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Party leaders should lead, not get out of the way

Yes, Democrats did favor Clinton for the nomination. But getting involved like that is not a mistake.

Democratic National Convention: Day Four
Hillary Clinton accepted the nomination of her party at the Democratic National Convention in July 2016, but party leaders had been rooting for her since long before.
Joe Raedle/Getty Images

Recently at Vox, Ezra Klein published a very smart discussion of whether the Democratic primary was rigged. His answer to that question is spot-on — it wasn’t rigged, but Democratic leaders did a lot to help Hillary Clinton. Just as they have in many other primaries, prominent Democrats helped coordinate resources for their candidate, and that candidate won.

But I want to take issue with the second part of Klein’s piece, which he correctly notes sounds odd to a political scientist. Klein says that informally favoring Clinton was a mistake. By clearing the field for her, they also cleared it for Bernie Sanders. In the future, the party should let the primaries play out as they will.

There are three problems with this.

First, yes, clearing the field probably helped Sanders. Without that, he would have been buried by traditional Democrats. But he still lost. And if we’re honest, he was never close. Barack Obama versus Clinton in 2008 was a close race. Clinton versus Sanders in 2016 simply was not. Even as Sanders was winning some delegates, at almost no time during the contest was he winning enough to be on track to win the nomination.

Still, his strong showing did hurt Clinton and the Democratic Party. Sanders had a platform to bash the Democratic nominee. Given the razor-thin margin by which Donald Trump won in a few states, even small things like that could matter. A more marginalized Sanders might have done less damage to Clinton’s campaign. Then again, a bloody primary with a more well-known, mainstream candidate might have left the eventual winner just as damaged.

Second, there’s no reason to believe that not clearing the field would have given a better outcome. Indeed, some argue that part of the Republicans’ problem in 2016 was precisely that the party failed to coordinate on a mainstream, acceptable candidate, and so the anti-Trump vote was spread too thin to block him. If Republicans had cleared the field for, let’s say John Kasich, maybe we’d be reading about how that helped Trump come in second.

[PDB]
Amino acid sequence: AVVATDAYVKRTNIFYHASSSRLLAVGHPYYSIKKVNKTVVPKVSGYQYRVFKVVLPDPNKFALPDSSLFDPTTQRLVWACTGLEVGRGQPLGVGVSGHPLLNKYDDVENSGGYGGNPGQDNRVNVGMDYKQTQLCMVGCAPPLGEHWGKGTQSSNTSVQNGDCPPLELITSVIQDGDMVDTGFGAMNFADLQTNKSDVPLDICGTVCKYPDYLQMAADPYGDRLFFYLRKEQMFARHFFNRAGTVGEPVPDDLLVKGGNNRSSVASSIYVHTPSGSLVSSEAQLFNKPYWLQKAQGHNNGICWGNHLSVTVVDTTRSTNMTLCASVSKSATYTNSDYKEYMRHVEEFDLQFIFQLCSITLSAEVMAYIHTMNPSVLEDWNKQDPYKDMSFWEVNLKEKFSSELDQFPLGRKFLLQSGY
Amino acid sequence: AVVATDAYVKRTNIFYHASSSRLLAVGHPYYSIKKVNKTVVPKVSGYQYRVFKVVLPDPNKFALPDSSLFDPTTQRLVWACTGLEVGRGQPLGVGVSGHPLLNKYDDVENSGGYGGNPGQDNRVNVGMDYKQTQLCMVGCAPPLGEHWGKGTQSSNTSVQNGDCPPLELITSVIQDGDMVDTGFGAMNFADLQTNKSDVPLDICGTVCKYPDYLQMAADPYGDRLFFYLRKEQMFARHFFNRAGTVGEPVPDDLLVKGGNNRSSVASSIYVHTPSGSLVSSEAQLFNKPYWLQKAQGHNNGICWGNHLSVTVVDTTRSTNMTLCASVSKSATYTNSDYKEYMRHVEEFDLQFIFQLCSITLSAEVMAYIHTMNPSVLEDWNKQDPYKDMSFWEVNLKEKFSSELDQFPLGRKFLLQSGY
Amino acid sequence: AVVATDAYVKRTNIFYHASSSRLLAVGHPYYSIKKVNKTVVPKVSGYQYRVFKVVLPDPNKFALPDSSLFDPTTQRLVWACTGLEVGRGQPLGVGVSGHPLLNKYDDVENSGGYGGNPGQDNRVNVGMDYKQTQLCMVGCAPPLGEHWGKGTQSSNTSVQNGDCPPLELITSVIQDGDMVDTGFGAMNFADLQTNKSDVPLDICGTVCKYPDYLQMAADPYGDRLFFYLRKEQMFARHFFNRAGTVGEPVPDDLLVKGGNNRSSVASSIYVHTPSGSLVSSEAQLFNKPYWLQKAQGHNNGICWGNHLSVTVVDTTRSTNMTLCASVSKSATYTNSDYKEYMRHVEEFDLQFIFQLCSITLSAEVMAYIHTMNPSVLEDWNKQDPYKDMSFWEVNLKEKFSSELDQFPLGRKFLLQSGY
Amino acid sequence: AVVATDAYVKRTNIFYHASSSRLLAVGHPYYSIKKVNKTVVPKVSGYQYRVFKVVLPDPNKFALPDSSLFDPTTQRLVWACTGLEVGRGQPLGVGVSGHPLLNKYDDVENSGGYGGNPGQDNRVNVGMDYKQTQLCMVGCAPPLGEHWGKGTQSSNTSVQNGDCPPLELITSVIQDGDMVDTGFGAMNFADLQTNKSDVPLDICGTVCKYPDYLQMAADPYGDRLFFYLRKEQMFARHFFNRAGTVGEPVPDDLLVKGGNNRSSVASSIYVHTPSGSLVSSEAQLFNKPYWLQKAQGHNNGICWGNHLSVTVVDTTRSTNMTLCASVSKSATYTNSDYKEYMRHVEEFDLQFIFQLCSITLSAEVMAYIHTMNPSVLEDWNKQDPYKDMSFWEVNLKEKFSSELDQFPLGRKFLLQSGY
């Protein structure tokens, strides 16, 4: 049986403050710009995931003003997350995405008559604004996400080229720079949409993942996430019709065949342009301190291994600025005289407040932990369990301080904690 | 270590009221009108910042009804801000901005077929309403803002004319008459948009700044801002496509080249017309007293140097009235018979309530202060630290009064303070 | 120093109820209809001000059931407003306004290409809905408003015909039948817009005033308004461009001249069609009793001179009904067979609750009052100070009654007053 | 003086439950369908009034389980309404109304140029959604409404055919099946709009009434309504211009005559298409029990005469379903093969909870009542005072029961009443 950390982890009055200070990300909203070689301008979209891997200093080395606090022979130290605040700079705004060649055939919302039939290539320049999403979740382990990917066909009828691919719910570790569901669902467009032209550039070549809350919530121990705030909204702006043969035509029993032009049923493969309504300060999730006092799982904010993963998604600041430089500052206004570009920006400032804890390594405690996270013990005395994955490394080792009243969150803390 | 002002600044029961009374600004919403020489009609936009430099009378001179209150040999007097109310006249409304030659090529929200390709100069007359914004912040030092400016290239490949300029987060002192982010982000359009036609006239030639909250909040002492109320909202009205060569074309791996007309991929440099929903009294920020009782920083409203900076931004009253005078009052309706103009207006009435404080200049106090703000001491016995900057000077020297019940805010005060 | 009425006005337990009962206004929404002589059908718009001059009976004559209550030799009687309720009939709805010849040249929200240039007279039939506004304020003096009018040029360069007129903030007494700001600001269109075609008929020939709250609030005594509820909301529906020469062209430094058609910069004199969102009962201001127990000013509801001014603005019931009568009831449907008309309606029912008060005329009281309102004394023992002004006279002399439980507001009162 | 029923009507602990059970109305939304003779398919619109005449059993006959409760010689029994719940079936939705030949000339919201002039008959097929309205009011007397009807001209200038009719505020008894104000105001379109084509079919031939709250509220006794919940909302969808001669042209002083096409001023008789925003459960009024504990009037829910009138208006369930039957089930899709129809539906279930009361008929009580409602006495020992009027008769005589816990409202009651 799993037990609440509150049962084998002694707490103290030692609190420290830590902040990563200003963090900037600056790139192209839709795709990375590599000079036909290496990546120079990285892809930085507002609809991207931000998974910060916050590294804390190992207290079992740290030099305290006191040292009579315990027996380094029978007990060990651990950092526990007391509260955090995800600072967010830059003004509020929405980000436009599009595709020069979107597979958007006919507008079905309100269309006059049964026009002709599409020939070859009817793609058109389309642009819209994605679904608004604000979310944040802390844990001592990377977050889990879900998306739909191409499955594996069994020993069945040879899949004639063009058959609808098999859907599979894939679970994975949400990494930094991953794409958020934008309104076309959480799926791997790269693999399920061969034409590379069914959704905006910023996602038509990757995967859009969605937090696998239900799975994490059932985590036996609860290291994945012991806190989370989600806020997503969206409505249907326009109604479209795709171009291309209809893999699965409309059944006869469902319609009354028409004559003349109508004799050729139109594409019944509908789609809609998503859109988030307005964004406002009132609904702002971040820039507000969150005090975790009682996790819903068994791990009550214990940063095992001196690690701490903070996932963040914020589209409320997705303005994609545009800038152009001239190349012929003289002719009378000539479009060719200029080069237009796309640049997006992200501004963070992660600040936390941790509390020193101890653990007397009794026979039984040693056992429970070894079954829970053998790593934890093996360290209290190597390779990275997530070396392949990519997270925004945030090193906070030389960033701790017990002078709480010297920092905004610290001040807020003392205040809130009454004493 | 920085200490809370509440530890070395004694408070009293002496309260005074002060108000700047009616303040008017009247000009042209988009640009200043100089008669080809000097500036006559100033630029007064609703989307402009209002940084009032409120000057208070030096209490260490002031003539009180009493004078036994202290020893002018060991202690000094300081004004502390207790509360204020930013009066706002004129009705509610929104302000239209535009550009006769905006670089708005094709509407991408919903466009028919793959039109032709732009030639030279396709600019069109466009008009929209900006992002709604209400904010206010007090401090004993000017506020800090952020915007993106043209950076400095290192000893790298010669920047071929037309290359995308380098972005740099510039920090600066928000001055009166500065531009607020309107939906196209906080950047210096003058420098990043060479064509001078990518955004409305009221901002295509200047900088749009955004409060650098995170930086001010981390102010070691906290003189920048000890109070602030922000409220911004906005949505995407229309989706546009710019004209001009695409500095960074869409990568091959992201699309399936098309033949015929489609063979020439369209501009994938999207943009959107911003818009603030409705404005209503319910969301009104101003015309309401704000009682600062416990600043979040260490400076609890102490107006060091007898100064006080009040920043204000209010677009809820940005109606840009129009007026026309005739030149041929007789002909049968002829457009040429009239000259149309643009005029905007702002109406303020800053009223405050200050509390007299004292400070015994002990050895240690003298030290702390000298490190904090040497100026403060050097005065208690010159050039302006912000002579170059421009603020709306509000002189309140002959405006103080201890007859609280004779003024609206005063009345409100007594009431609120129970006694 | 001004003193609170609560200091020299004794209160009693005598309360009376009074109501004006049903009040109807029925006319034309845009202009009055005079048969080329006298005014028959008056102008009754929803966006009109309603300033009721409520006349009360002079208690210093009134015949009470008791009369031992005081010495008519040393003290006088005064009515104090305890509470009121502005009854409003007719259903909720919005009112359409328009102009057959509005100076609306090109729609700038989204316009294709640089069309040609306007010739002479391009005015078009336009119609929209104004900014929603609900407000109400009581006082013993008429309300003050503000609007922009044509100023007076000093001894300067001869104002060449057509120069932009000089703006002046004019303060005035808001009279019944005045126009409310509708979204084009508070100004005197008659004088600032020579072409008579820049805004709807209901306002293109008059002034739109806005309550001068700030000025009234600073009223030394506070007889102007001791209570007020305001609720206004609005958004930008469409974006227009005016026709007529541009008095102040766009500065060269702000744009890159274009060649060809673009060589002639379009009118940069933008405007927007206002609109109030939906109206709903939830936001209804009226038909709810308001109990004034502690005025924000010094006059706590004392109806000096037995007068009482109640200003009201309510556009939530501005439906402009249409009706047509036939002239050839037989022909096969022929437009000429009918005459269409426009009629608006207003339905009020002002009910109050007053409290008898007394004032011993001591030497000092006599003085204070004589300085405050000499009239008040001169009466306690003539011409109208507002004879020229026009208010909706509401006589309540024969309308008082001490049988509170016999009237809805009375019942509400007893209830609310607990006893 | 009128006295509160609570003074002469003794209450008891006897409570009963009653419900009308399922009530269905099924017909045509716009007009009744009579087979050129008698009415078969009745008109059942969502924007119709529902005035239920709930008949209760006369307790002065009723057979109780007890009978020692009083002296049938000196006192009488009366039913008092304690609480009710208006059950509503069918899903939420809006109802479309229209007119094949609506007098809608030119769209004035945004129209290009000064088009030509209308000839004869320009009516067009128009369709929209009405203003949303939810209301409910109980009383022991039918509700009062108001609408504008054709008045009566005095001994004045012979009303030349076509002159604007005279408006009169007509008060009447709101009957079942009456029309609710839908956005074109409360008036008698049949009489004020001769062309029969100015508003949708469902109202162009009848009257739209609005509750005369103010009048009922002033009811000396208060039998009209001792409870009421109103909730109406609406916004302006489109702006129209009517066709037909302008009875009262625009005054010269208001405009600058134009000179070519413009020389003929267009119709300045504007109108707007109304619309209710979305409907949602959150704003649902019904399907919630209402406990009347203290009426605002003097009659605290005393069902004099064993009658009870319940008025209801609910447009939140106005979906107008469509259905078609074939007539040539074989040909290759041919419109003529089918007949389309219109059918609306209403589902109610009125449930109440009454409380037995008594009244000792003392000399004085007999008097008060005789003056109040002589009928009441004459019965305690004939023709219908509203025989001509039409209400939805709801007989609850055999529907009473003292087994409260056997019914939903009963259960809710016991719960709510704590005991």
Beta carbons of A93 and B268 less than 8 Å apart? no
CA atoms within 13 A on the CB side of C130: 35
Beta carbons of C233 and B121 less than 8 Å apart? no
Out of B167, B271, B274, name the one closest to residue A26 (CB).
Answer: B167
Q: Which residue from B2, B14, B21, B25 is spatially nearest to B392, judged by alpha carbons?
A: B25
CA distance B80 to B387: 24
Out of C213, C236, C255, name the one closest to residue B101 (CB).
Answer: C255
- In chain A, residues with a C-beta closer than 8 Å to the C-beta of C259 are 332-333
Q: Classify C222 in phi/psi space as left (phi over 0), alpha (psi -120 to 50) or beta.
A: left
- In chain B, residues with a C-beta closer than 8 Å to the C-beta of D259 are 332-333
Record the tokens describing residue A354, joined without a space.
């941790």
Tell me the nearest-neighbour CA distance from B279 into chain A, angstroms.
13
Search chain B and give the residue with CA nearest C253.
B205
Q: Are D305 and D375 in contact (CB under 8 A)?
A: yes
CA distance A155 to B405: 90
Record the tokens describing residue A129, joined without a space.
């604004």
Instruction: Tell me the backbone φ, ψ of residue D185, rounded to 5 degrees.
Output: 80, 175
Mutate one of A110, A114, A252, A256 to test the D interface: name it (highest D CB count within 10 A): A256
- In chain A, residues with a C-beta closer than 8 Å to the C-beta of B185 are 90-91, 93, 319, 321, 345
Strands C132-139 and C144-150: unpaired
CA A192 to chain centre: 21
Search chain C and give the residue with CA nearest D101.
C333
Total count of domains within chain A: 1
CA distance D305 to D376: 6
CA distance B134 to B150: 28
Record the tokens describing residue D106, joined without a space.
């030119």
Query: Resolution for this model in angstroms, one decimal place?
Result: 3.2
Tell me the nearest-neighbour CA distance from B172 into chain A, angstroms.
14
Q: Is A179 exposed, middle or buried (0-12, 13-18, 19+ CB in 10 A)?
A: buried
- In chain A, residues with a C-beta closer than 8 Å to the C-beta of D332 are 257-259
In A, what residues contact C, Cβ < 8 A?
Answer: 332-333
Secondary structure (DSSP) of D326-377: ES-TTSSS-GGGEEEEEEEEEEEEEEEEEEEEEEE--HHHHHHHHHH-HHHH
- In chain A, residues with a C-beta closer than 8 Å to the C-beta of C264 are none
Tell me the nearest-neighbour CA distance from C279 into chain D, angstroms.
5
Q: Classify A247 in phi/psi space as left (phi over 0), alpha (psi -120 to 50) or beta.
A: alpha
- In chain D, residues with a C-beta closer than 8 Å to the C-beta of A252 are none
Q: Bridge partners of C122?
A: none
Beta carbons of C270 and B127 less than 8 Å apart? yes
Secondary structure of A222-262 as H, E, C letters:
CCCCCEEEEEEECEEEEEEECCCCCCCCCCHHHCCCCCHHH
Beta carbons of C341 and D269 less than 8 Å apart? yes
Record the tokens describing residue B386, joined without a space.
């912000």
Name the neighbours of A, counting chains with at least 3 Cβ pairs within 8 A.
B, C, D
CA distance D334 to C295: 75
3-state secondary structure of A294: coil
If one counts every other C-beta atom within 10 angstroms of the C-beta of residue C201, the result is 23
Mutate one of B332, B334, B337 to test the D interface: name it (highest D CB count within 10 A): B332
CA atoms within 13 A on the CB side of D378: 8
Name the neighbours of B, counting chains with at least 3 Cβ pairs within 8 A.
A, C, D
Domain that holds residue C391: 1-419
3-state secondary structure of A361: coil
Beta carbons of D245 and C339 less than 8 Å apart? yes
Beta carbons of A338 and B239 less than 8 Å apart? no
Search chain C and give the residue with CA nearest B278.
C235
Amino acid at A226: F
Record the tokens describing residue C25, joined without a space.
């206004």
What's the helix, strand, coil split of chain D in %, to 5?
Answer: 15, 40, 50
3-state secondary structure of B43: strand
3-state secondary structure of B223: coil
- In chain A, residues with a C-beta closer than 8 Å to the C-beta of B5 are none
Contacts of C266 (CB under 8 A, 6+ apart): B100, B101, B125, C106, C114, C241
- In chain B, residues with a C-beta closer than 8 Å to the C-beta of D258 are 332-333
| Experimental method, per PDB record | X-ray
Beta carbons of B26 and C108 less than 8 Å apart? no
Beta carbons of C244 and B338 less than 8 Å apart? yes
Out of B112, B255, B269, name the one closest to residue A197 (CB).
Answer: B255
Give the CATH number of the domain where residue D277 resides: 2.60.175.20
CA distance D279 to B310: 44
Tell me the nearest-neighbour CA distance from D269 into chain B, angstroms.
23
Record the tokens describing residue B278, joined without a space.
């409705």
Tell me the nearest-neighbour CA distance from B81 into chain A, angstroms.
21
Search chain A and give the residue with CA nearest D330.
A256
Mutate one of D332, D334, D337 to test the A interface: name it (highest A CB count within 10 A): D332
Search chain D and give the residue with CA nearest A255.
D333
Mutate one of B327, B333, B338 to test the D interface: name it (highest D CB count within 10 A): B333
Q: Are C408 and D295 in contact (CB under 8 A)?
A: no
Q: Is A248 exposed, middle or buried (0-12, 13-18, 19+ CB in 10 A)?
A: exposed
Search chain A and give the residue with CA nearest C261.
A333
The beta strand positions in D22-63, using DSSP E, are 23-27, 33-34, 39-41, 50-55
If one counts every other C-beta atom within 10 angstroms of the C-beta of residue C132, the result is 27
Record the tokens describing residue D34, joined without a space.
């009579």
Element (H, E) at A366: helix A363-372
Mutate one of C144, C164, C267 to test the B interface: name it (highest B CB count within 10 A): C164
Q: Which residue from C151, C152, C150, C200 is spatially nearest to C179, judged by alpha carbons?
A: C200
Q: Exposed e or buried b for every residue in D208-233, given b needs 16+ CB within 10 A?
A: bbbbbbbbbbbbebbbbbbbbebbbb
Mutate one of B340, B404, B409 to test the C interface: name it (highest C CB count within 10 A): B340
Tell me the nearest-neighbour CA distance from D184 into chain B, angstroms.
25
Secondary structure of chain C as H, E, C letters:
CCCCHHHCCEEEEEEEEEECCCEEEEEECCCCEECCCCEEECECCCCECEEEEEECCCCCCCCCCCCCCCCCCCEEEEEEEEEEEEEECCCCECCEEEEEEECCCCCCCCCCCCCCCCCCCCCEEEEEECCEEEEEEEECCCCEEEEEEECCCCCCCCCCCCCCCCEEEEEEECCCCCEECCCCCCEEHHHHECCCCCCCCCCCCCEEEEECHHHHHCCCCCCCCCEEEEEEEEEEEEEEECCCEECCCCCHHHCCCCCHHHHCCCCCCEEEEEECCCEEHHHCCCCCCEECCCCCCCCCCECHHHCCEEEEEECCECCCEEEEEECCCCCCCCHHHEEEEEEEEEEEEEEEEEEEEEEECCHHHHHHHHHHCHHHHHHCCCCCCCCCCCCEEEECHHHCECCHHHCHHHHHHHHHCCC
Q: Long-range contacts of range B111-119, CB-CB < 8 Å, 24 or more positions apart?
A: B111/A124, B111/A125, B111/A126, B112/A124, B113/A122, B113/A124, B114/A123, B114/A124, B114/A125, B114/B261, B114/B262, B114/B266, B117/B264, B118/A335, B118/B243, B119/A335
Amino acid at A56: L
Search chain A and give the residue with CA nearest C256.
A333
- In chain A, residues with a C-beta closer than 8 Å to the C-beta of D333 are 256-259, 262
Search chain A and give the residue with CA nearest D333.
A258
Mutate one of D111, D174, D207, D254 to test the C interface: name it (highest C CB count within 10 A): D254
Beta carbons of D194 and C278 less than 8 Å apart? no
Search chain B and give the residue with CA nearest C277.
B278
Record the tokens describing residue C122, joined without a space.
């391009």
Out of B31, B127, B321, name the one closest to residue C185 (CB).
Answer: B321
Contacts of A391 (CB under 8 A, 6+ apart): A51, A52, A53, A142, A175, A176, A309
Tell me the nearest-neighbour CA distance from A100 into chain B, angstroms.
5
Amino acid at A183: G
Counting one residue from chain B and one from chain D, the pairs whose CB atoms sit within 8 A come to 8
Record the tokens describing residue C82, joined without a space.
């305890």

Finally, there are issues with the conclusion that party leaders should just leave things to the primaries. Klein writes that “voters don’t like the feeling that someone is trying to make their choice for them” and that “the party doesn’t have very good information that far before a general election.” True. But the primaries are no better.

The sequential state-by-state primaries we have in the United States are not very democratic. They overvalue the voters in a handful of early states, and they disadvantage candidates who cannot raise money and an organization to continue to compete week after week. This is not an environment for voters to have an unbiased voice heard.

Something helps narrow voters’ choices for them. In a general election, voters can follow the cue that the party itself gives them. In the primary, they need something. It could be the voters in Iowa and New Hampshire who narrow the field. It could be wealthy independent donors. Or it could be party leaders, who are at least thinking broadly about the entire party.

It’s important to remember that throughout all of this, the influence that party leaders have is very informal and very minimal. They could make more careful leadership choices at a convention, the way party leaders do in most democracies. In the United States, they can’t do that. All they can do is nudge things; that is, they can lead. The biggest mistake, I think, would be for party leaders to not try to lead at all.

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